Scrambled Eggs So Plush & Spicy, They're Worth the Slow-Cooking Wait

December 14, 2016

Scrambled eggs are to dinner what those greige sweats are to your wardrobe: You turn to them in dire straits; you sink into them late at night, over the weekend, when no one is watching.

How many times have we said just that, throwing shade on scrambled eggs as the quintessential sloth-person's dinner? How many times have we felt the need to defend eggs as a legitimate, non-breakfast meal choice? As if eggs need our defending!

Scrambled Eggs Patia cannot be (and do not need to be) legitimized in the way we normally shrug off the scramble. Make these because they're creamy and fiery and deserve as much time as a roast chicken—not because they're fast and easy (...they're not).

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The eggs take an hour or so, start to finish; they require some ingredients you may not have on hand (tamarind, a hot chile, a slew of spices, cilantro); and I wouldn't recommend them as late-night, I'm-sorta-drunk food. And then there's the real hiccup: That you'll have to stir these in a hypnotic figure-eight motion for 15 minutes (maybe more). But don't run away yet!

Inspired by Chef Floyd Cardoz, who serves a version at his restaurant Paowalla in New York, the recipe is proof that time and care given to eggs is worthwhile. And that scrambled eggs can be real life, non-sloth-person, company-worthy, proud-of-yourself dinner. No defense case necessary.

The dish starts with a base of sweet sautéed onions (use caramelized onions if you're the kind to keep those in the fridge and at the ready). In goes a paste of garlic, ginger, fresh chile, turmeric, cayenne, and chili powder, followed by diced tomatoes (use fresh when in season, canned at other times). Those are cooked down, then bolstered with tamarind paste for a tangy-sweetness, a touch of jaggery (or, in my case, brown sugar), and vinegar. Lastly, the eggs, whisked just so that the yolks break, are eased into the tomato mixture slowly. So slowly. Fifteen to twenty minutes later, they're delicate curds (curdlets? curdies?), so soft that they'll melt into a bowl of rice or practically scoop themselves onto flatbread.

And with almost no resemblance to your 5-minute, desperate-times scramble.

A few notes:

  • This recipe calls for twelve eggs, which is so many eggs! Feel free to halve the recipe, but keep a close eye on the eggs, which will (obviously) cook in less time.
  • Are leftover scrambled eggs controversial? They've weirded me out in the past, but since these have so many flavors going on and are the farthest from rubbery as scrambled eggs come, they're actually great the next day. (I ate them cold from the fridge. Please don't shun me.)
  • Low heat is very important, since you want the eggs to cook super slowly. I had most success when I put the largest pan I own on the dinkiest burner in my kitchen (a sight to behold!). We had trouble using induction, as the heat didn't seem to go quite low enough.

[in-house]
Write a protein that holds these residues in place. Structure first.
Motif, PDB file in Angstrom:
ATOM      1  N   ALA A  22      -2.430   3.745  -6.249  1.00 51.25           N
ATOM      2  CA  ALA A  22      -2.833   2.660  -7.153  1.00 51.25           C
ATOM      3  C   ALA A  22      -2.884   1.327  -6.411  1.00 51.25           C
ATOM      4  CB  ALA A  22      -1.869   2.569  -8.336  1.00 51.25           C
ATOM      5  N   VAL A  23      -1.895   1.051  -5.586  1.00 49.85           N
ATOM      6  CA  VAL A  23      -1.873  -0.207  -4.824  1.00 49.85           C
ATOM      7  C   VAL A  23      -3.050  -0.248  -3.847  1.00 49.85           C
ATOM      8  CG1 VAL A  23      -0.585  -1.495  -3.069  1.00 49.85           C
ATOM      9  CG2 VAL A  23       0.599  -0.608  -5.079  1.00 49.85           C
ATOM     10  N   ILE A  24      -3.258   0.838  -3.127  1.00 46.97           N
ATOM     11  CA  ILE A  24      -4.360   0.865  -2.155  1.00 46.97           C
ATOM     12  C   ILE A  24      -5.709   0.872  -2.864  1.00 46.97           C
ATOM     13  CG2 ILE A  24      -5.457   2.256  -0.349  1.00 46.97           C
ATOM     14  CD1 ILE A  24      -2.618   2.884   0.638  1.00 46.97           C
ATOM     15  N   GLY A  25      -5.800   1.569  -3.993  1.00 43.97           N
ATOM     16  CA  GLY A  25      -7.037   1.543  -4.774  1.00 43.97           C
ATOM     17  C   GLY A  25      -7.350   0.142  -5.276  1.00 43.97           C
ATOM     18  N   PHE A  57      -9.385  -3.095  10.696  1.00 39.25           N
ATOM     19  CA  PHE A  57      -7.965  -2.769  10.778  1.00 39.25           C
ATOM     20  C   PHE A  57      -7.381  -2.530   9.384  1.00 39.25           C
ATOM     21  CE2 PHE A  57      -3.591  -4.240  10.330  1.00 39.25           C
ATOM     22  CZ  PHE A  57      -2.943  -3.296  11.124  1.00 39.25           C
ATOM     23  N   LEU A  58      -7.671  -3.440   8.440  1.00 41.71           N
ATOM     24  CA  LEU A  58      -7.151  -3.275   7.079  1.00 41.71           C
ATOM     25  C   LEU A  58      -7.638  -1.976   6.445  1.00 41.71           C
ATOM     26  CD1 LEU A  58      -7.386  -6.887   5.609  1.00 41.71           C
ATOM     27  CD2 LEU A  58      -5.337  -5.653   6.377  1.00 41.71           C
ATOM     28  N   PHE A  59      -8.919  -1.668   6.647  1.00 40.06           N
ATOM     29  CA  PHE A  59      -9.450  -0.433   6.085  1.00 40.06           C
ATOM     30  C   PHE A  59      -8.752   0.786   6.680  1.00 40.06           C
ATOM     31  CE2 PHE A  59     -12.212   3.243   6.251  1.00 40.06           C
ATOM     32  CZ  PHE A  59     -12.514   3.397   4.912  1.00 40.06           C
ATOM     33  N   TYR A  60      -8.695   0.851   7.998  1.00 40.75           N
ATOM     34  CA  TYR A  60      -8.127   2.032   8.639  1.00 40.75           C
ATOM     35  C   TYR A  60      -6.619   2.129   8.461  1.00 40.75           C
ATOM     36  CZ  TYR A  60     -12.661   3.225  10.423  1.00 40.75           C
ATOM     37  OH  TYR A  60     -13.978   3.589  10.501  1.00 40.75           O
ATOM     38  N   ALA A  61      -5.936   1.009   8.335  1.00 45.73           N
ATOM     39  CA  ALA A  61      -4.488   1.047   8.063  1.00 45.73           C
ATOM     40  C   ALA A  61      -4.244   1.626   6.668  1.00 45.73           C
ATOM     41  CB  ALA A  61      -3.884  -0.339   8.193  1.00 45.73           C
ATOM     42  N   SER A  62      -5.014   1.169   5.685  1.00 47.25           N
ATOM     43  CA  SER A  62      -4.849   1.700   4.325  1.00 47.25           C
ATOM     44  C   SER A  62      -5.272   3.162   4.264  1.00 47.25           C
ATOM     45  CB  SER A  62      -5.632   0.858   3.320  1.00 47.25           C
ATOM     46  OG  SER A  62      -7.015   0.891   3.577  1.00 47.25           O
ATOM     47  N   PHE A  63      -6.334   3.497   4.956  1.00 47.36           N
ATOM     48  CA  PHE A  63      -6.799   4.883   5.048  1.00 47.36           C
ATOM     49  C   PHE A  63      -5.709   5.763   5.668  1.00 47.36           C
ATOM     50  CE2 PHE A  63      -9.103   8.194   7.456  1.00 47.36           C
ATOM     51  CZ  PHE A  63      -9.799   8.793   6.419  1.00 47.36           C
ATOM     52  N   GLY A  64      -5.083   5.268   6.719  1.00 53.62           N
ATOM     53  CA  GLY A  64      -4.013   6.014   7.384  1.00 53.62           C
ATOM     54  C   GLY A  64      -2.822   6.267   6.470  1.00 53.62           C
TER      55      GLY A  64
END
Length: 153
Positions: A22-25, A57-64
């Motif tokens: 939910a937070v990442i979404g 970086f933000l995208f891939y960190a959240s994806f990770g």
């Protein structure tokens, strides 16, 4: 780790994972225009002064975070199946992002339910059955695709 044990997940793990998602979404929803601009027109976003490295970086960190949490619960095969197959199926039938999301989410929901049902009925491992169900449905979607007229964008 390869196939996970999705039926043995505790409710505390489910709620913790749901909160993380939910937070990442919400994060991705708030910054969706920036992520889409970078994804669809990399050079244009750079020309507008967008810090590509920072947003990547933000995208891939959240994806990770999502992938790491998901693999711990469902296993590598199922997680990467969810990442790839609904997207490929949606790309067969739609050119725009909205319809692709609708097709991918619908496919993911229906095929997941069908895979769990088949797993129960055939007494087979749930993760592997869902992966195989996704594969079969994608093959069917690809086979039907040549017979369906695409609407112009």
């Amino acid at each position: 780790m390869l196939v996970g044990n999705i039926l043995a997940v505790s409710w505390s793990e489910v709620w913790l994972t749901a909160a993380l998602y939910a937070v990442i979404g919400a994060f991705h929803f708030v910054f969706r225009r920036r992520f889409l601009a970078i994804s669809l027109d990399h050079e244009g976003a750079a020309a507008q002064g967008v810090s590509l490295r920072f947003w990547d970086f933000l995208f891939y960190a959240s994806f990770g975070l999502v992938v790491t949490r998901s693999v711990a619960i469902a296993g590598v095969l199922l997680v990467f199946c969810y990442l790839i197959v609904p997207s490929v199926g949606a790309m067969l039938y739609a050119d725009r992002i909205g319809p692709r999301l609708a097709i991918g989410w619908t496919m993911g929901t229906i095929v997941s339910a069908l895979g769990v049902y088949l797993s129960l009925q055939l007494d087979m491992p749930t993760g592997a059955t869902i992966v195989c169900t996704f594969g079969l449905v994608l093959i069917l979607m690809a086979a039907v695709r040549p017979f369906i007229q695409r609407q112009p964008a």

• And, just to circle back to the sweatpants for a second: The rise of "athleisure" and patterned exercise tights just goes to show that, while we long for sweatpants, we still find the best kind—the baggy ones with the busted waist elastic that your legs swim around in—as unacceptable public-facing clothing. So we compromise with the form-fitting, Neoprene-like stockings that make us look like a bunch of scuba-diving seals. Long live the loose sweats.

Tell us: Do you think an hour for eggs is too long?

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A New Way to Dinner, co-authored by Food52's founders Amanda Hesser and Merrill Stubbs, is an indispensable playbook for stress-free meal-planning (hint: cook foundational dishes on the weekend and mix and match ‘em through the week).

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See what other Food52 readers are saying.

  • Greenstuff
  • Sarah Jampel
    Sarah Jampel
I used to work at Food52. I'm probably the person who picked all of the cookie dough out of the cookie dough ice cream.


LULULAND December 18, 2016
Haven't made these yet, but what can I sub for the tamarind paste?
Sarah J. December 18, 2016
Hi there! Here's a Hotline thread that offers lots of substitution ideas: I haven't tried these personally—but I'd probably go for ketchup and lime juice or pomegranate molasses and a bit of extra vinegar. Hope that helps!
LULULAND December 19, 2016
Thank you
Greenstuff December 14, 2016
Looks delicious! A question: when you say you had trouble going low enough with induction, could you elaborate? I'm pretty new to induction, but I have some pretty low settings called simmer, melt, and keep warm. I'd thought they'd give me even better control over low heat than I had with gas.
Sarah J. December 14, 2016
Hi Greenstuff! I don't have that much experience cooking on induction either, but I do know that when we set the heat to 1 (I didn't use any presets), it seemed too hot to cook the eggs at a sufficiently slow rate: The oil didn't incorporate as nicely, and the eggs seemed to separate from the tomato mixture (it did, eventually, all come together, though). I had a much easier time using my gas burner (I have a really dinky one at home that's basically like cooking over a candle). If you have more induction questions, I'm happy to relay them to our Test Kitchen Chef Josh, who cooks on it day in and day out!!
Greenstuff December 14, 2016
Thanks! My simmer, melt, and keep warm are all lower than my 1. Who thought this system up??! But since the high temperatures seem to defy the laws of physics (in a good way), your patia seems like a great recipe to test out the low ones.